The Astell&Kern AK Jr ($499, available at Amazon) is among the smallest, lightest, and least-expensive high-resolution digital audio players on the market. If it wasn’t plagued by a slow user interface, which Astell&Kern has promised to address via a forthcoming firmware update, it would be an all around first-rate device.
Form and function hits and misses
What you’re ultimately getting with a portable high-resolution digital audio player—compared to, say, your smartphone, which can also play music—is much higher-quality audio circuitry. With the AK Jr, that starts with a Wolfson WM8740 DAC that’s capable of decoding all the most popular music file formats (AIFF, ALAC, DSD, FLAC, WAV) encoded with up to 24 bits of resolution and at sampling rates as high as 192kHz. Audio purists will want to know that the AK Jr converts DSD files to PCM prior to playback.
The AK Jr’s aluminum casing feels solid and luxurious in your hand, but it’s not perfect. The bottom corners are very sharp, to the point of being uncomfortable to hold. I let several friends and family members try the AK Jr, and they all complained about the corners. You might grow accustomed to this over several weeks of use, but the only surefire way to solve the problem is to buy one of the $49 AK Jr cases that Astell&Kern sells.
In addition to a generous 64GB of onboard storage, the AK Jr has a single microSD slot that can support cards with up to 200GB of capacity. Potential buyers should note, however, that not all 200GB cards are guaranteed to work with the AK Jr. The Questyle and Pioneer players we’re comparing in this roundup have only 32GB of storage, but they also have two microSD card slots, so their storage potential is much higher.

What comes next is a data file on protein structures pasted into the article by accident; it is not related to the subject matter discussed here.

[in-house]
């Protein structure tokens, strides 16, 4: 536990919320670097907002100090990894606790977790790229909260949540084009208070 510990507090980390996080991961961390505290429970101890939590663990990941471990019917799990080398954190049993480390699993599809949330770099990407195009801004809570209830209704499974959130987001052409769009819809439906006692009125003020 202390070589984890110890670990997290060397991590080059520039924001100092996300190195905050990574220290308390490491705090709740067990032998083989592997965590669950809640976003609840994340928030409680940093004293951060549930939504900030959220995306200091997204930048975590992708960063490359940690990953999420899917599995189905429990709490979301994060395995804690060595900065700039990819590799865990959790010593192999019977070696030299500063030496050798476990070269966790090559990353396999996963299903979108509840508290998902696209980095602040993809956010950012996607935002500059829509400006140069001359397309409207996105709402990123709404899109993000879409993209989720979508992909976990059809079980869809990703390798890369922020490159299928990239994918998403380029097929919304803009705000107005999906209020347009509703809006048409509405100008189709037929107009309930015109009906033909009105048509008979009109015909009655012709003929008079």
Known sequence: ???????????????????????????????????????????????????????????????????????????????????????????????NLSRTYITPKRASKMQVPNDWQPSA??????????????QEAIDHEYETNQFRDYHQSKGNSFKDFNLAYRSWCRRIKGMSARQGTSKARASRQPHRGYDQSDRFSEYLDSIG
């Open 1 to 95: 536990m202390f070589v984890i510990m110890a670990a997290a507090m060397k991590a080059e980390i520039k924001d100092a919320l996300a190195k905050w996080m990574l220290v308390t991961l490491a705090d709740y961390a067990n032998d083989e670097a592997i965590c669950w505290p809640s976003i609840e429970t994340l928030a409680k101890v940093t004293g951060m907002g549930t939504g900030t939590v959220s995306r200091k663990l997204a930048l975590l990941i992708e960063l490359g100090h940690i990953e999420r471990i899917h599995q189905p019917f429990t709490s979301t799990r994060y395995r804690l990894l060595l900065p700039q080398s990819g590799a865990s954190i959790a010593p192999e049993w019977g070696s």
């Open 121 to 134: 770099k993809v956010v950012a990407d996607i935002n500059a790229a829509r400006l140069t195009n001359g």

While both the AK Jr’s features and user interface are spartan, they are functional and intuitive. The AK Jr sits comfortably in the middle of the players in this roundup. It doesn’t take the everything-plus-the-kitchen-sink approach of the Pioneer, nor does it have the absolute minimalist approach of the Questyle.
Overall, I loved using the Jr. I tip my hat to the folks at Astell&Kern because seemingly every contextual icon or option I needed was always available where and when I needed it. Perhaps more importantly, I never felt as though I was being presented with unnecessary options.
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